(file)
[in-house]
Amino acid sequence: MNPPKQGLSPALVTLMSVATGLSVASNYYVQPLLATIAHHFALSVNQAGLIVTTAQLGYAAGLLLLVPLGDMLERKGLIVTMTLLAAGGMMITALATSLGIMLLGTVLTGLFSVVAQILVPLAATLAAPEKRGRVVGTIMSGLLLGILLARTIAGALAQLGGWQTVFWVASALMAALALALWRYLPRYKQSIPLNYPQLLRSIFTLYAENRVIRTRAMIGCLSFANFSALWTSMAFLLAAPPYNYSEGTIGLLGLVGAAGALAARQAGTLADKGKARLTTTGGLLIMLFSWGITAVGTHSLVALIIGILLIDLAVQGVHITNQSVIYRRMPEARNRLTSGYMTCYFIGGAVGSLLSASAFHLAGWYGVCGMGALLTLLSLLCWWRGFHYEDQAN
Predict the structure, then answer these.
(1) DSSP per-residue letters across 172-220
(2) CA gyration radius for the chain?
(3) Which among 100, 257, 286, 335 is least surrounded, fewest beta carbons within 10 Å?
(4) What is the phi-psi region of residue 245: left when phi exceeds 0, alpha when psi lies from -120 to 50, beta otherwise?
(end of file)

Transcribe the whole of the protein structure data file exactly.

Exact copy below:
[in-house]
Amino acid sequence: MNPPKQGLSPALVTLMSVATGLSVASNYYVQPLLATIAHHFALSVNQAGLIVTTAQLGYAAGLLLLVPLGDMLERKGLIVTMTLLAAGGMMITALATSLGIMLLGTVLTGLFSVVAQILVPLAATLAAPEKRGRVVGTIMSGLLLGILLARTIAGALAQLGGWQTVFWVASALMAALALALWRYLPRYKQSIPLNYPQLLRSIFTLYAENRVIRTRAMIGCLSFANFSALWTSMAFLLAAPPYNYSEGTIGLLGLVGAAGALAARQAGTLADKGKARLTTTGGLLIMLFSWGITAVGTHSLVALIIGILLIDLAVQGVHITNQSVIYRRMPEARNRLTSGYMTCYFIGGAVGSLLSASAFHLAGWYGVCGMGALLTLLSLLCWWRGFHYEDQAN
Predict the structure, then answer these.
(1) DSSP per-residue letters across 172-220
(2) CA gyration radius for the chain?
(3) Which among 100, 257, 286, 335 is least surrounded, fewest beta carbons within 10 Å?
(4) What is the phi-psi region of residue 245: left when phi exceeds 0, alpha when psi lies from -120 to 50, beta otherwise?